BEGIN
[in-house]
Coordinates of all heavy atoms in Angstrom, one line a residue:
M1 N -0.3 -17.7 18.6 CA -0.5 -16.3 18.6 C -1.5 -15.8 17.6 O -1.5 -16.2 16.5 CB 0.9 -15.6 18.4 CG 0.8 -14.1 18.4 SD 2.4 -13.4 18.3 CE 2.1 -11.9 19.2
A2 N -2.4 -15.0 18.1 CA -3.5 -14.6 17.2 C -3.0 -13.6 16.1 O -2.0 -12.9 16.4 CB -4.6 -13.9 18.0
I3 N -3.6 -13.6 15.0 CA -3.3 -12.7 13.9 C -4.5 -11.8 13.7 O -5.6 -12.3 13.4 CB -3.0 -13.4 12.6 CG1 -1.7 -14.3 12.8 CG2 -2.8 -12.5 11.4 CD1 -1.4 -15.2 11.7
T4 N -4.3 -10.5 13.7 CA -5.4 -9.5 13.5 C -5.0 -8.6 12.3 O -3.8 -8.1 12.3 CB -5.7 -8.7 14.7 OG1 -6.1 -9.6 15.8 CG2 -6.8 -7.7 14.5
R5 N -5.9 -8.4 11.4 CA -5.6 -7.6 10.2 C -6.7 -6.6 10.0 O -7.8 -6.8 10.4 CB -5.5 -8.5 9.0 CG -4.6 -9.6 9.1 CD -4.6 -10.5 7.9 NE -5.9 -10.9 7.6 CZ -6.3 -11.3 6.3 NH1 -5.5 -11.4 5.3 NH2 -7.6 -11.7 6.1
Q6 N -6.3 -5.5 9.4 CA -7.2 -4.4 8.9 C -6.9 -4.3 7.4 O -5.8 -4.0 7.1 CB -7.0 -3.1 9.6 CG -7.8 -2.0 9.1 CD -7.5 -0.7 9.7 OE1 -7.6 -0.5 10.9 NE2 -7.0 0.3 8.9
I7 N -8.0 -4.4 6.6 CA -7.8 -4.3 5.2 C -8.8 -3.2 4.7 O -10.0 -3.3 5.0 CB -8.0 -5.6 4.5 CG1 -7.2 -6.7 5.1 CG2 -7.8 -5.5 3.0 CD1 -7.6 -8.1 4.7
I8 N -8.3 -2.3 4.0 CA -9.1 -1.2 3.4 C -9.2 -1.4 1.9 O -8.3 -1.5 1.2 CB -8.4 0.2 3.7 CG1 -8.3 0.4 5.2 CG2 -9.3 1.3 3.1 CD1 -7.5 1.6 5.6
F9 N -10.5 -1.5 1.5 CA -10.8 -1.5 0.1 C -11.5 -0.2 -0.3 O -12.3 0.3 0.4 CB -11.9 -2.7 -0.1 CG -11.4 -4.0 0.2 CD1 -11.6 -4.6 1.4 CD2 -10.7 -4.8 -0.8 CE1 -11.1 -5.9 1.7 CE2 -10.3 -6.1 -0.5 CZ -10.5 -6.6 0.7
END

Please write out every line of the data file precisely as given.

[in-house]
Coordinates of all heavy atoms in Angstrom, one line a residue:
M1 N -0.3 -17.7 18.6 CA -0.5 -16.3 18.6 C -1.5 -15.8 17.6 O -1.5 -16.2 16.5 CB 0.9 -15.6 18.4 CG 0.8 -14.1 18.4 SD 2.4 -13.4 18.3 CE 2.1 -11.9 19.2
A2 N -2.4 -15.0 18.1 CA -3.5 -14.6 17.2 C -3.0 -13.6 16.1 O -2.0 -12.9 16.4 CB -4.6 -13.9 18.0
I3 N -3.6 -13.6 15.0 CA -3.3 -12.7 13.9 C -4.5 -11.8 13.7 O -5.6 -12.3 13.4 CB -3.0 -13.4 12.6 CG1 -1.7 -14.3 12.8 CG2 -2.8 -12.5 11.4 CD1 -1.4 -15.2 11.7
T4 N -4.3 -10.5 13.7 CA -5.4 -9.5 13.5 C -5.0 -8.6 12.3 O -3.8 -8.1 12.3 CB -5.7 -8.7 14.7 OG1 -6.1 -9.6 15.8 CG2 -6.8 -7.7 14.5
R5 N -5.9 -8.4 11.4 CA -5.6 -7.6 10.2 C -6.7 -6.6 10.0 O -7.8 -6.8 10.4 CB -5.5 -8.5 9.0 CG -4.6 -9.6 9.1 CD -4.6 -10.5 7.9 NE -5.9 -10.9 7.6 CZ -6.3 -11.3 6.3 NH1 -5.5 -11.4 5.3 NH2 -7.6 -11.7 6.1
Q6 N -6.3 -5.5 9.4 CA -7.2 -4.4 8.9 C -6.9 -4.3 7.4 O -5.8 -4.0 7.1 CB -7.0 -3.1 9.6 CG -7.8 -2.0 9.1 CD -7.5 -0.7 9.7 OE1 -7.6 -0.5 10.9 NE2 -7.0 0.3 8.9
I7 N -8.0 -4.4 6.6 CA -7.8 -4.3 5.2 C -8.8 -3.2 4.7 O -10.0 -3.3 5.0 CB -8.0 -5.6 4.5 CG1 -7.2 -6.7 5.1 CG2 -7.8 -5.5 3.0 CD1 -7.6 -8.1 4.7
I8 N -8.3 -2.3 4.0 CA -9.1 -1.2 3.4 C -9.2 -1.4 1.9 O -8.3 -1.5 1.2 CB -8.4 0.2 3.7 CG1 -8.3 0.4 5.2 CG2 -9.3 1.3 3.1 CD1 -7.5 1.6 5.6
F9 N -10.5 -1.5 1.5 CA -10.8 -1.5 0.1 C -11.5 -0.2 -0.3 O -12.3 0.3 0.4 CB -11.9 -2.7 -0.1 CG -11.4 -4.0 0.2 CD1 -11.6 -4.6 1.4 CD2 -10.7 -4.8 -0.8 CE1 -11.1 -5.9 1.7 CE2 -10.3 -6.1 -0.5 CZ -10.5 -6.6 0.7